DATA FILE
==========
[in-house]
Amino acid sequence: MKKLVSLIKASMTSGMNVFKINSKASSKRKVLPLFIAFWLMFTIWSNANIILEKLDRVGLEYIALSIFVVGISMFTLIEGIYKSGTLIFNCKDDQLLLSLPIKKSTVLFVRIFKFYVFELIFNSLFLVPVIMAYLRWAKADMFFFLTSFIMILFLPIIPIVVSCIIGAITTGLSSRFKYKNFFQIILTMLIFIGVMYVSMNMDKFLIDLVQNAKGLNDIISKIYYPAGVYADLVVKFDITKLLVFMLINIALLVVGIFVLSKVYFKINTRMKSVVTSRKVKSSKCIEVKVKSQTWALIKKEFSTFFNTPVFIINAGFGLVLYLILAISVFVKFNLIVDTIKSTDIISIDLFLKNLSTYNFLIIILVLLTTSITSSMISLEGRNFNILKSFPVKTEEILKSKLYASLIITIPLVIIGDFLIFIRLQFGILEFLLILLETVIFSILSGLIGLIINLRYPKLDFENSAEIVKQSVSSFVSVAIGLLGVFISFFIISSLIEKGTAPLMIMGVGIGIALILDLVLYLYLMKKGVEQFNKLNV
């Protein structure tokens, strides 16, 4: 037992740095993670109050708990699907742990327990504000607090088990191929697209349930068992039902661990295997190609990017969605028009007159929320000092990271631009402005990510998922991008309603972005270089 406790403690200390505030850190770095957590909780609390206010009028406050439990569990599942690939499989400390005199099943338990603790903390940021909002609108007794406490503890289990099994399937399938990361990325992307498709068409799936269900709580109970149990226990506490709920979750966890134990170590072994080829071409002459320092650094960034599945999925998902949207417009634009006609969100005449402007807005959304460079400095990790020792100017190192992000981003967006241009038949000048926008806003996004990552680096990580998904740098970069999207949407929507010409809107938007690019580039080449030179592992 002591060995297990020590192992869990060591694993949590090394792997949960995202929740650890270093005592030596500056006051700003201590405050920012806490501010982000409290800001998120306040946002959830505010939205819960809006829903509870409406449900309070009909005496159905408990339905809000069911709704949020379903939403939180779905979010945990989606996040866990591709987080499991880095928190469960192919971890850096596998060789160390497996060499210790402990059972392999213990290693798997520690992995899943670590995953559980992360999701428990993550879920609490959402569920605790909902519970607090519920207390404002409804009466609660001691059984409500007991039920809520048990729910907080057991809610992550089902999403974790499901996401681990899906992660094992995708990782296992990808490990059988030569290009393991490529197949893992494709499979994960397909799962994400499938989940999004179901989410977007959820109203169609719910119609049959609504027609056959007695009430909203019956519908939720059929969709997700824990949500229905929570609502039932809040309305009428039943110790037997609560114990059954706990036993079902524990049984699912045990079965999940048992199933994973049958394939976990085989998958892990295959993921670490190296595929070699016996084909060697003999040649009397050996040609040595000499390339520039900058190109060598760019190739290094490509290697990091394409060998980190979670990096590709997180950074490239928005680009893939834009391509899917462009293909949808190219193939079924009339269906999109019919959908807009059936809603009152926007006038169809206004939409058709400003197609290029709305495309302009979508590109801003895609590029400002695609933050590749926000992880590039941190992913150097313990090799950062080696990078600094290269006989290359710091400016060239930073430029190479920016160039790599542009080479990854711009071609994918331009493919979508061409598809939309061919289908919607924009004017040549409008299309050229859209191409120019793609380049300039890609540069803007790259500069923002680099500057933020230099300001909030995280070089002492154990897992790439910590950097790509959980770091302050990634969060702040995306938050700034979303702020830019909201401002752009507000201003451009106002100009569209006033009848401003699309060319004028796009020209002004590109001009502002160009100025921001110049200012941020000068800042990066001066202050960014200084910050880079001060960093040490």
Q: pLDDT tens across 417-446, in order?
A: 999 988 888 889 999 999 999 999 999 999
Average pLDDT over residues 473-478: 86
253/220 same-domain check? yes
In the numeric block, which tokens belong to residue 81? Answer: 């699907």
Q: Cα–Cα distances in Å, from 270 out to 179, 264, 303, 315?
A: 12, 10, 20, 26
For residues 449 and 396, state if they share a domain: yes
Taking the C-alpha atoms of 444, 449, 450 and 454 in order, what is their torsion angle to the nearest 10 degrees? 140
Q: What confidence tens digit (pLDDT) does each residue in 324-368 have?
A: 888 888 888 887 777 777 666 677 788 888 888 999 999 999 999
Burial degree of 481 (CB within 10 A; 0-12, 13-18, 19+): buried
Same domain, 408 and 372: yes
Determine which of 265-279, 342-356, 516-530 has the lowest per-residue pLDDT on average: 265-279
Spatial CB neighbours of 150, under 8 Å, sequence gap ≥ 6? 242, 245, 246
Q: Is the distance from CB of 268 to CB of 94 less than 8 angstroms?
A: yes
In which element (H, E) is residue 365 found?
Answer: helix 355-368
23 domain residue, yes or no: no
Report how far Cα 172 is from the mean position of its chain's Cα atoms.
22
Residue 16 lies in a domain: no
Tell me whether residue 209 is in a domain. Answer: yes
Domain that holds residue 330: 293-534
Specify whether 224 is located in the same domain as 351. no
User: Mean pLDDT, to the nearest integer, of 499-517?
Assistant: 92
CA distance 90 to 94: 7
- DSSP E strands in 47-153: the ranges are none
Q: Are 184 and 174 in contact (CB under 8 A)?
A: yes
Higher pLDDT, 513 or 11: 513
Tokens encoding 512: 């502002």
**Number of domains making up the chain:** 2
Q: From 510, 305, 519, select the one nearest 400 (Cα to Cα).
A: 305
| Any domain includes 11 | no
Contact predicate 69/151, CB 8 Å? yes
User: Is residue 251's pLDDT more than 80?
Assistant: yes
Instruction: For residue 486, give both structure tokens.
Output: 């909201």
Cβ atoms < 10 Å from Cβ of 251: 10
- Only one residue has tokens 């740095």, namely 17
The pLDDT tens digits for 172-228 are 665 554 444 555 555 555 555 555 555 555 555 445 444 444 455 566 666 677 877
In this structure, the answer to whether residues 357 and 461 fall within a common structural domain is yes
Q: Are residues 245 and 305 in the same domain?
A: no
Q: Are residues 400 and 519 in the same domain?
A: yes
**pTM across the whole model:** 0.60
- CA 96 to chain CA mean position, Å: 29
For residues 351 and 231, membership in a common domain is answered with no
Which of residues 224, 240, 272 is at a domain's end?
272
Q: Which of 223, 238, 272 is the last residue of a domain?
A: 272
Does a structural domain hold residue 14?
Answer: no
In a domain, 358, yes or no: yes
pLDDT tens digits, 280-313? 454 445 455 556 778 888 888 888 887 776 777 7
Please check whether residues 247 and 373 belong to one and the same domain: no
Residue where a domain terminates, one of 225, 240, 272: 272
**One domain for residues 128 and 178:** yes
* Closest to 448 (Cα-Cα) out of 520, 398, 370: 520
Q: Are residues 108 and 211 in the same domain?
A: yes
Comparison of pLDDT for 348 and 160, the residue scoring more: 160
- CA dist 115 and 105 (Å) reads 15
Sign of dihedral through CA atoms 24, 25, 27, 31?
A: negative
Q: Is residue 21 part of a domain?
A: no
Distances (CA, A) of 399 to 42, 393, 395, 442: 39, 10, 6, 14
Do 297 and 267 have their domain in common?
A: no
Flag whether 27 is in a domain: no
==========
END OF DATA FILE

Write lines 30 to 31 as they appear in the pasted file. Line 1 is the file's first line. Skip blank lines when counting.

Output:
User: Mean pLDDT, to the nearest integer, of 499-517?
Assistant: 92